Before we visited the Church of the Nativity, we stopped at Beit Zahour, the Shepherds’ Field. It is the Christian village where shepherds heard the angels sing “Gloria in excelsis Deo” at the birth of Jesus. Mary and Joseph laid him in a manger because there was no room at the inn (Lk. 2:7). Our guide suggested that there were no inns for the poor at that time, only caves that sheltered animals. There the holy family took shelter. Beit Zahour is also the place where Ruth, the widowed Moabite woman, followed her mother-in-law Naomi.
Above the cave is a chapel dedicated to the angels who sang at the birth of Jesus (Luke 2:14). When we got there, we were the only visitors. The chapel was high and built of stone. In it, every sound reverberated. And so, despite it being September and terribly hot and dry, we sang “Adeste fideles” and “Angels We Have Heard on High.”
After the visit to Beit Zahour, we drove to Bethlehem. The tour bus parked in an underground garage, where directions to the holy sites competed with ads for U.S. franchises such as Kentucky Fried Chicken. We walked to the Church of the Nativity, passing several Palestinian women who wore head scarves.
There were scores of tourists in front of the Basilica of the Nativity, reputed to be the oldest church in the Holy Land. The Byzantine empress Helena created it after her baptism. Our guide brought us through the “humility door” into the basilica, whose interior was in scaffolding. Pilgrims at the main (Greek Orthodox) part of the church were praying. At the next-door Roman Catholic Church of St. Catherine, Franciscans gave us lighted candles and we climbed into the grotto where tradition says that Jesus was born.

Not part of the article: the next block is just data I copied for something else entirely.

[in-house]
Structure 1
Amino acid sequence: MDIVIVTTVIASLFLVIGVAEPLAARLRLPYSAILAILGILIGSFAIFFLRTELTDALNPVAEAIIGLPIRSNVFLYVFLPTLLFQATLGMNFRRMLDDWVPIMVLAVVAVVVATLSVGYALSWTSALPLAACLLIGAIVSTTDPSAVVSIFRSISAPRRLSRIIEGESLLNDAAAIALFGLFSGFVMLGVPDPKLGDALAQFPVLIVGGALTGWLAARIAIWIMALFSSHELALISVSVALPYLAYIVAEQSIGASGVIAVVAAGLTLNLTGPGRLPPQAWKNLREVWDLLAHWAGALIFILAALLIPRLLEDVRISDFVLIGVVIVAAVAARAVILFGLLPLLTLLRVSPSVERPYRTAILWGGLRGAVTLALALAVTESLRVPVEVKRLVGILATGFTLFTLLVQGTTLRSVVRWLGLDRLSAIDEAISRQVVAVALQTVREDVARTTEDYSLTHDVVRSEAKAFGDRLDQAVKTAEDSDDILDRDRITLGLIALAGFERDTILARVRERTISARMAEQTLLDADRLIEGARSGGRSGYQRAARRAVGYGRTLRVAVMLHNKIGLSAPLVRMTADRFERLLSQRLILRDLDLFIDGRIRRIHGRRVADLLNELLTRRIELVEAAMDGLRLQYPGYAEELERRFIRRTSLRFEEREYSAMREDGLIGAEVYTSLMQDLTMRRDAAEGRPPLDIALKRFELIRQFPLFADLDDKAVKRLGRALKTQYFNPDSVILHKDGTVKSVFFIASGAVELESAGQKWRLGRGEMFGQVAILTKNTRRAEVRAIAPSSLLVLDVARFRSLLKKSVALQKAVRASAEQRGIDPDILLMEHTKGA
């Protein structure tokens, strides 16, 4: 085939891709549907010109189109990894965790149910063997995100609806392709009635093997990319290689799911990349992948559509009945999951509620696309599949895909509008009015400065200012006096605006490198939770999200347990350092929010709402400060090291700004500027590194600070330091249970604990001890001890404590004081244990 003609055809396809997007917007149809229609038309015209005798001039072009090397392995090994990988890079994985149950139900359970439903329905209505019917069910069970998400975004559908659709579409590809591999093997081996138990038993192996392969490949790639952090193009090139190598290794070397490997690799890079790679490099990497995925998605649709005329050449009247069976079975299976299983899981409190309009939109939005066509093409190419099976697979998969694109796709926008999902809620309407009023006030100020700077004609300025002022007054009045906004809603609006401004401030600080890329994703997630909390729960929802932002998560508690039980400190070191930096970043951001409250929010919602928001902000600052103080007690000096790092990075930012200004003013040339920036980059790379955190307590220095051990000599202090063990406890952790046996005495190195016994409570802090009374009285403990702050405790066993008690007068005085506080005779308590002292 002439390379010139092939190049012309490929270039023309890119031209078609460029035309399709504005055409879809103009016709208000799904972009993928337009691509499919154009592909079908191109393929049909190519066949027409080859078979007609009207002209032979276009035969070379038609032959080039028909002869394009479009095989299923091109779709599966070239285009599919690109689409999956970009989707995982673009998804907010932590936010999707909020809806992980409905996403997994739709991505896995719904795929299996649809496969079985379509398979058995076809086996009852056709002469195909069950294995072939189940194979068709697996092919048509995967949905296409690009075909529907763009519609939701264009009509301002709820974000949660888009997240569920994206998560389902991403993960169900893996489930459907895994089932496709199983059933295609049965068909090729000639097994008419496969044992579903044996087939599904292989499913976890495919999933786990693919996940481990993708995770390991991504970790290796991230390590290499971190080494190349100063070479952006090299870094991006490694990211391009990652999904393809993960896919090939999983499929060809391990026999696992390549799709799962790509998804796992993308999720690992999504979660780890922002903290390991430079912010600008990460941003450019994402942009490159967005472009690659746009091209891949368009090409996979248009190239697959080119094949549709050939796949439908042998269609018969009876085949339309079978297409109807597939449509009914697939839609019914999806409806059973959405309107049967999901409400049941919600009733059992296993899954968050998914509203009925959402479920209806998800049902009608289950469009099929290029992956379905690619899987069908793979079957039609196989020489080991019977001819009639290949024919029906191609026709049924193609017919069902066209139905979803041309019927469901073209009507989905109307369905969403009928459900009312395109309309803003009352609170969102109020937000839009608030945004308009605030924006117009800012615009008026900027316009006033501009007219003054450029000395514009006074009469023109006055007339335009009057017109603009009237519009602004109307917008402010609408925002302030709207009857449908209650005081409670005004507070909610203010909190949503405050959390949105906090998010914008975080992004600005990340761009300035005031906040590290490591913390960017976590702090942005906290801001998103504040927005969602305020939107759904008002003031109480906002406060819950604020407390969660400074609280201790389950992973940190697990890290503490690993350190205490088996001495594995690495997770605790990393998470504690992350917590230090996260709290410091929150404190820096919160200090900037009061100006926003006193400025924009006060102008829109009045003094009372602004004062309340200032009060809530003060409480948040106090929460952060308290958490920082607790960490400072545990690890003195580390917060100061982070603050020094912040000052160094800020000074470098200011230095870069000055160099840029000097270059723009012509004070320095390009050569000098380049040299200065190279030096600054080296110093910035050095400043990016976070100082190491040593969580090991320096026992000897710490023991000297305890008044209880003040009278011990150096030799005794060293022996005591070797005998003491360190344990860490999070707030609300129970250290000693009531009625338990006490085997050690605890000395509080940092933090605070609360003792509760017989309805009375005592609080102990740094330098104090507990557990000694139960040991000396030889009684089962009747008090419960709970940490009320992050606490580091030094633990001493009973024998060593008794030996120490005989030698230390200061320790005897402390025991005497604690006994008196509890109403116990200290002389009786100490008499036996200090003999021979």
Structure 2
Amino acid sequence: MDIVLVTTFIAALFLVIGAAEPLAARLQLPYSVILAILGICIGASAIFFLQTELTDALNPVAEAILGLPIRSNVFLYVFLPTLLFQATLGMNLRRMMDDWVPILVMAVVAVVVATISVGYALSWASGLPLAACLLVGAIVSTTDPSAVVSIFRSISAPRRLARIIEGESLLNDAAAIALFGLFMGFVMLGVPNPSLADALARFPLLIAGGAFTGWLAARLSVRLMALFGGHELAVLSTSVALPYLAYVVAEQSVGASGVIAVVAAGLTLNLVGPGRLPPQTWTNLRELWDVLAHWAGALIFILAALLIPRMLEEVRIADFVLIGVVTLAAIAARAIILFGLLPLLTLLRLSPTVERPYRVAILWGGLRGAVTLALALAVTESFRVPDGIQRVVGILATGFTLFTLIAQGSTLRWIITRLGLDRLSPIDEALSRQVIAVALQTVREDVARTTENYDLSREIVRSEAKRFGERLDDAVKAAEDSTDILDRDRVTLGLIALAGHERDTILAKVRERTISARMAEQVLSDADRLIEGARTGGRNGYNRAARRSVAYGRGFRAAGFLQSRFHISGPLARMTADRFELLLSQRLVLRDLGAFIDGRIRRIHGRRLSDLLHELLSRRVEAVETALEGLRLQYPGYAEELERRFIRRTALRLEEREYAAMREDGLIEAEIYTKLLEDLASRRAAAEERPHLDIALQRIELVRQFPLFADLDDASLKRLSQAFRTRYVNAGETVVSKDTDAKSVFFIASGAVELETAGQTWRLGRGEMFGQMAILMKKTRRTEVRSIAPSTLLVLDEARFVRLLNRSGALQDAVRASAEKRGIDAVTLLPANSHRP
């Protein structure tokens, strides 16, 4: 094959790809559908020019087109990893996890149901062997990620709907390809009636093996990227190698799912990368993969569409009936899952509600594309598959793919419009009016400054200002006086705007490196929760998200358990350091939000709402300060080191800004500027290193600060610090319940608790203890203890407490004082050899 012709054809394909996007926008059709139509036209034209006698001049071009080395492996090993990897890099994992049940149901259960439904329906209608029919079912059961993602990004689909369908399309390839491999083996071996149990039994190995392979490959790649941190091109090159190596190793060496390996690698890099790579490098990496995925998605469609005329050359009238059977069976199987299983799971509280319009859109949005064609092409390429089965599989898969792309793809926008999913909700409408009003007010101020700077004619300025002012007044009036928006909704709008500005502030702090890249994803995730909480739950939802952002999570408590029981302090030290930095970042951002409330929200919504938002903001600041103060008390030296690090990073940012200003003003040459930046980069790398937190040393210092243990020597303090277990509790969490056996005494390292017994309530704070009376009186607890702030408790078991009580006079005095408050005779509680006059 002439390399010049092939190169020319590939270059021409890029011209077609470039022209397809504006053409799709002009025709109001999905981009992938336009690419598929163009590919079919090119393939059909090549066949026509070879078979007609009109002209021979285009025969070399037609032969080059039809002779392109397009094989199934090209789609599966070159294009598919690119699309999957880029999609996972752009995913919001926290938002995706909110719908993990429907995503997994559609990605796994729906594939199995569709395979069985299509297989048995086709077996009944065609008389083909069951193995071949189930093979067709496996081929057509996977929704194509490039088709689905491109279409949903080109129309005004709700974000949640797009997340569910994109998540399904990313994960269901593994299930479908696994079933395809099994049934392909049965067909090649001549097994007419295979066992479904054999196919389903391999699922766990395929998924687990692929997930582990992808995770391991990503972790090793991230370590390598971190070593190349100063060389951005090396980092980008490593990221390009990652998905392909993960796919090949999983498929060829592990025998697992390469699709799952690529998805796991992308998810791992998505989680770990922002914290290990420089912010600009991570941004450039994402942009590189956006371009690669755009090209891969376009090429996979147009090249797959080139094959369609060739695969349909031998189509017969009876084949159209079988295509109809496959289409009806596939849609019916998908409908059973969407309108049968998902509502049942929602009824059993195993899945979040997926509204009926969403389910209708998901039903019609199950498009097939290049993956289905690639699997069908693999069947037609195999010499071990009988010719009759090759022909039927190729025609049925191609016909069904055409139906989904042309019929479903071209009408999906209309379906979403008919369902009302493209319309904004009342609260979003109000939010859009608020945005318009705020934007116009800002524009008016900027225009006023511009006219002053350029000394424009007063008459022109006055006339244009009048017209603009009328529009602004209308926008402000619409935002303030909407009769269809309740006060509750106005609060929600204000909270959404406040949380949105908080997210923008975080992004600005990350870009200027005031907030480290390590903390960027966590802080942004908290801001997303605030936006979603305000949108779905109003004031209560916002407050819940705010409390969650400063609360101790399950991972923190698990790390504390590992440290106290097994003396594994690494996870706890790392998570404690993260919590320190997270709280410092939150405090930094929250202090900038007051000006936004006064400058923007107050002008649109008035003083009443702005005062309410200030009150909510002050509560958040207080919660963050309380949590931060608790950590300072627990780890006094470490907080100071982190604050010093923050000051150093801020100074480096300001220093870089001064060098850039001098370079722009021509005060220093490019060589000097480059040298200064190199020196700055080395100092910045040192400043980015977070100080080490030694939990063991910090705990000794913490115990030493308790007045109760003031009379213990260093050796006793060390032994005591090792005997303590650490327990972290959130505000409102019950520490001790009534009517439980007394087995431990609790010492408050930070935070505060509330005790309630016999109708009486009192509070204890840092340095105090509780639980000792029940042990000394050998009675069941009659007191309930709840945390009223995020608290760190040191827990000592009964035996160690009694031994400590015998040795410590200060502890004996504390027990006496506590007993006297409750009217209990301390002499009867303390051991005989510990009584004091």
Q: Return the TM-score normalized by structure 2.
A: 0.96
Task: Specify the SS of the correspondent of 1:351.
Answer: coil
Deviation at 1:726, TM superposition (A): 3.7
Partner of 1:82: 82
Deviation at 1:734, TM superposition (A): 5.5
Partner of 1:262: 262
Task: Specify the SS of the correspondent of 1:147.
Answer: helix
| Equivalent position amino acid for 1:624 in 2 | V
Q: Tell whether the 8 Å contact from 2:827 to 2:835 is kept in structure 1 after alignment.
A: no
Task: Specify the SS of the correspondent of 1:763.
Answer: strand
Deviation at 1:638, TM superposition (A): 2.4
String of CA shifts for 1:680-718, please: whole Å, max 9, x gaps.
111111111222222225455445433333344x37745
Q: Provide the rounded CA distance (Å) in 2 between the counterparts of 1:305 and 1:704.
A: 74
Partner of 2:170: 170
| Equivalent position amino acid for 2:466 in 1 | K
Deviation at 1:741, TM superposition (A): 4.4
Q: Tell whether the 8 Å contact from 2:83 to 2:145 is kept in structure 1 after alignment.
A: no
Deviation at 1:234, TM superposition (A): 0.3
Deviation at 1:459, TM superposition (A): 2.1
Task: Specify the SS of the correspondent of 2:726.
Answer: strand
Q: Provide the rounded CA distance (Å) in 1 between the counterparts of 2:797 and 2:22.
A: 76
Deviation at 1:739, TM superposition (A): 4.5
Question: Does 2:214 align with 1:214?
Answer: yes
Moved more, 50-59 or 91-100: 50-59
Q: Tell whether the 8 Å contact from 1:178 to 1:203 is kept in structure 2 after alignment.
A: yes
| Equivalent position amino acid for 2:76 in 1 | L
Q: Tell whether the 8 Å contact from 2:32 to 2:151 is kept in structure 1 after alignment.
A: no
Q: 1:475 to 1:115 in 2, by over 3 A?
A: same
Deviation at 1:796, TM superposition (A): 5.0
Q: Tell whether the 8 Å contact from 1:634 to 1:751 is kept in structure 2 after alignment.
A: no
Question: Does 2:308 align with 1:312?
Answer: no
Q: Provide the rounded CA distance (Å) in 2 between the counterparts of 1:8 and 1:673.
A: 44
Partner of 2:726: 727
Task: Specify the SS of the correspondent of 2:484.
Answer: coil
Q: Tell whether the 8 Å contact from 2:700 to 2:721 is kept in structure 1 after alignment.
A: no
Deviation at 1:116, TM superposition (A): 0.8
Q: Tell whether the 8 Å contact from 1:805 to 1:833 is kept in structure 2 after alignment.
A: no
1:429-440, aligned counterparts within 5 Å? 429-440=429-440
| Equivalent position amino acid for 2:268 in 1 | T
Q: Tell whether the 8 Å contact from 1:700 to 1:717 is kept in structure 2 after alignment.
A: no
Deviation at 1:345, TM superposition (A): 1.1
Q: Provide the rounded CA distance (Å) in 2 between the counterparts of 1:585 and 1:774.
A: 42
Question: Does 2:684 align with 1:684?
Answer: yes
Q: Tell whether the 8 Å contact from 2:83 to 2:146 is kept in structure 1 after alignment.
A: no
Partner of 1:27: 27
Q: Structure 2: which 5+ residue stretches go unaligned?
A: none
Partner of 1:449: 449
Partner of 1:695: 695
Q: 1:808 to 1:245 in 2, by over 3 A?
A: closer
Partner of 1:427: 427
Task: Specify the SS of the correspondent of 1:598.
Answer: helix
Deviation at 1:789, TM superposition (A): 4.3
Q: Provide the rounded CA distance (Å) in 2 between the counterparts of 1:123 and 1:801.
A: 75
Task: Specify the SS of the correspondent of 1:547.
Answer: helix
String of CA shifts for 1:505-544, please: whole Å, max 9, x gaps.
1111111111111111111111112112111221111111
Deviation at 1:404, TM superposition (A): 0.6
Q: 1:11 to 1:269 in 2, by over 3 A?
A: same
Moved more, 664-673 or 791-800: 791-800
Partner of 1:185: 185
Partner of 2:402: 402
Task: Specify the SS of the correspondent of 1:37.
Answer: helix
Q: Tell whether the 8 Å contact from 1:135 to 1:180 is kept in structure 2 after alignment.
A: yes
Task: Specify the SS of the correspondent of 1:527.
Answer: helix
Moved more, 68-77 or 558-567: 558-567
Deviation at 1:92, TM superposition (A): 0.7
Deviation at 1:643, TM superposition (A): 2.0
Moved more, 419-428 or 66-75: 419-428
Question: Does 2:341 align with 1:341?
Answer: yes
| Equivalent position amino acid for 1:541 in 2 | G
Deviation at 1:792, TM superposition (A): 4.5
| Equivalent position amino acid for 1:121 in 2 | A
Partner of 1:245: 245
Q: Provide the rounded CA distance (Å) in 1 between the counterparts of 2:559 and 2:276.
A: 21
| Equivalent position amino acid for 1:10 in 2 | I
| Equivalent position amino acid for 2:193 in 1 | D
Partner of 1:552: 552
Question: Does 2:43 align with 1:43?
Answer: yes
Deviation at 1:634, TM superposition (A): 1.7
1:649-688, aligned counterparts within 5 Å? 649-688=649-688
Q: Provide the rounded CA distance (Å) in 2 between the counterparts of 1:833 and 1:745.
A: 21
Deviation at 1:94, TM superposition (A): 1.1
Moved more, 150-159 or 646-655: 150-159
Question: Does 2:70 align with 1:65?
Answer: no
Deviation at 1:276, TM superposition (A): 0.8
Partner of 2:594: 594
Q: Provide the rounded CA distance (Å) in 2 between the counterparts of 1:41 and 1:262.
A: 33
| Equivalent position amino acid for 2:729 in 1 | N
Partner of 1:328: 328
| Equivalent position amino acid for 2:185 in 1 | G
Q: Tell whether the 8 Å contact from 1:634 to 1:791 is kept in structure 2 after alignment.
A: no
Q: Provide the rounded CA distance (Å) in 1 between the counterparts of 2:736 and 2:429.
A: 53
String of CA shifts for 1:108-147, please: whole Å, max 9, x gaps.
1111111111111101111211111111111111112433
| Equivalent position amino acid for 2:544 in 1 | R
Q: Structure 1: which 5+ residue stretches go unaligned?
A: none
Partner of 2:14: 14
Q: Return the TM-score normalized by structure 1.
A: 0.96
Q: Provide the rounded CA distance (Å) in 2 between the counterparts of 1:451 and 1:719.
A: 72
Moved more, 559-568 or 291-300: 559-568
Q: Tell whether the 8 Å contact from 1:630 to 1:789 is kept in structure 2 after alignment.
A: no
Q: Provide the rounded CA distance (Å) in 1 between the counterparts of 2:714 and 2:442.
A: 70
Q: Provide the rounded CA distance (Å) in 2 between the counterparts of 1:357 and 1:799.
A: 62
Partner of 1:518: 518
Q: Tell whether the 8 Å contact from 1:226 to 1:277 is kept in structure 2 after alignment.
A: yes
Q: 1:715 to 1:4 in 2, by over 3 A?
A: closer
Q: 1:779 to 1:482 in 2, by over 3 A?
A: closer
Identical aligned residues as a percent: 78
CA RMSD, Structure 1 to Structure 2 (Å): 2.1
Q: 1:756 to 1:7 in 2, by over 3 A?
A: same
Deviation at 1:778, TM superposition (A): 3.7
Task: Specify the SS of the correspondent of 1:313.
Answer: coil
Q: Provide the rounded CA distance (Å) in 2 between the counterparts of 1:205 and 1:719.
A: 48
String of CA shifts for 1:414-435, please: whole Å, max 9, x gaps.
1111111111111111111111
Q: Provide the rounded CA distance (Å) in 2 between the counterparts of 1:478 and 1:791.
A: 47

One of the Franciscans lit a censor, and the grotto — already filled with smoke from our candles — began to smell of incense. Led by the Franciscans we chanted the Pater Noster and reverenced the birth site, marked by a 14-pointed silver star. Millions have shared this same act over the centuries, emerging from the cave to return home and describe what they have seen at Bethlehem. No one person has the fullness of the experience. We build on the experiences of others and make sense of them in our own ways.
After the visit, we had lunch just off Manger Square. Then we returned to the bus and traveled to a wind-swept farm known as the Tent of the Nations.